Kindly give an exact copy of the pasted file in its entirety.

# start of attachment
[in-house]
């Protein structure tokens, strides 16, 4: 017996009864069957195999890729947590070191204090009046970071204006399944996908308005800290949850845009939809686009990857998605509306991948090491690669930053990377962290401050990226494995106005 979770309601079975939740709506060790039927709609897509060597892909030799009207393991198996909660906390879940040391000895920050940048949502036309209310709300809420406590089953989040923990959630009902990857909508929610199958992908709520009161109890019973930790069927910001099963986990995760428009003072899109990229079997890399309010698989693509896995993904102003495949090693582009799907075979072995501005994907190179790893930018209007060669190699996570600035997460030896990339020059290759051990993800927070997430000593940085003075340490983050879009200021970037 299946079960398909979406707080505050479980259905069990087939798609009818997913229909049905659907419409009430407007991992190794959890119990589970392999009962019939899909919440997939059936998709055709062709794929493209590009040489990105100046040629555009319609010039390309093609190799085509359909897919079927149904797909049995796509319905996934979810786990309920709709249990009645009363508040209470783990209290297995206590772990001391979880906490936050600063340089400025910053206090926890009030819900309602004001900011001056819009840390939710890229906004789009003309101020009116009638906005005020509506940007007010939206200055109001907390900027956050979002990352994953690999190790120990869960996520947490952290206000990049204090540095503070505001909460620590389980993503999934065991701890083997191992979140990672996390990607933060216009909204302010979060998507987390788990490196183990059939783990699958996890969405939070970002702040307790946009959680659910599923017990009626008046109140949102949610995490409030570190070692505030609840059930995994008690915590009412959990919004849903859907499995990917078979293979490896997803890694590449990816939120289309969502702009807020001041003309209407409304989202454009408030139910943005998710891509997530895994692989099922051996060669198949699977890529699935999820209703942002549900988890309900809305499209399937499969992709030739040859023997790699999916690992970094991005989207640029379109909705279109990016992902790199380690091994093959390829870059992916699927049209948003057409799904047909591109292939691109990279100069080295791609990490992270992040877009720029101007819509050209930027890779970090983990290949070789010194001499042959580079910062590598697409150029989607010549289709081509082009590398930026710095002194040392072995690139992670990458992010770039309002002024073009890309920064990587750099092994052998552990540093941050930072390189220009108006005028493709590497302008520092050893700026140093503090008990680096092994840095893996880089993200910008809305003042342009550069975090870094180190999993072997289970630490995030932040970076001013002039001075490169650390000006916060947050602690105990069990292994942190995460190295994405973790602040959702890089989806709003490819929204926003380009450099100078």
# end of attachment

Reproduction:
[in-house]
């Protein structure tokens, strides 16, 4: 017996009864069957195999890729947590070191204090009046970071204006399944996908308005800290949850845009939809686009990857998605509306991948090491690669930053990377962290401050990226494995106005 979770309601079975939740709506060790039927709609897509060597892909030799009207393991198996909660906390879940040391000895920050940048949502036309209310709300809420406590089953989040923990959630009902990857909508929610199958992908709520009161109890019973930790069927910001099963986990995760428009003072899109990229079997890399309010698989693509896995993904102003495949090693582009799907075979072995501005994907190179790893930018209007060669190699996570600035997460030896990339020059290759051990993800927070997430000593940085003075340490983050879009200021970037 299946079960398909979406707080505050479980259905069990087939798609009818997913229909049905659907419409009430407007991992190794959890119990589970392999009962019939899909919440997939059936998709055709062709794929493209590009040489990105100046040629555009319609010039390309093609190799085509359909897919079927149904797909049995796509319905996934979810786990309920709709249990009645009363508040209470783990209290297995206590772990001391979880906490936050600063340089400025910053206090926890009030819900309602004001900011001056819009840390939710890229906004789009003309101020009116009638906005005020509506940007007010939206200055109001907390900027956050979002990352994953690999190790120990869960996520947490952290206000990049204090540095503070505001909460620590389980993503999934065991701890083997191992979140990672996390990607933060216009909204302010979060998507987390788990490196183990059939783990699958996890969405939070970002702040307790946009959680659910599923017990009626008046109140949102949610995490409030570190070692505030609840059930995994008690915590009412959990919004849903859907499995990917078979293979490896997803890694590449990816939120289309969502702009807020001041003309209407409304989202454009408030139910943005998710891509997530895994692989099922051996060669198949699977890529699935999820209703942002549900988890309900809305499209399937499969992709030739040859023997790699999916690992970094991005989207640029379109909705279109990016992902790199380690091994093959390829870059992916699927049209948003057409799904047909591109292939691109990279100069080295791609990490992270992040877009720029101007819509050209930027890779970090983990290949070789010194001499042959580079910062590598697409150029989607010549289709081509082009590398930026710095002194040392072995690139992670990458992010770039309002002024073009890309920064990587750099092994052998552990540093941050930072390189220009108006005028493709590497302008520092050893700026140093503090008990680096092994840095893996880089993200910008809305003042342009550069975090870094180190999993072997289970630490995030932040970076001013002039001075490169650390000006916060947050602690105990069990292994942190995460190295994405973790602040959702890089989806709003490819929204926003380009450099100078």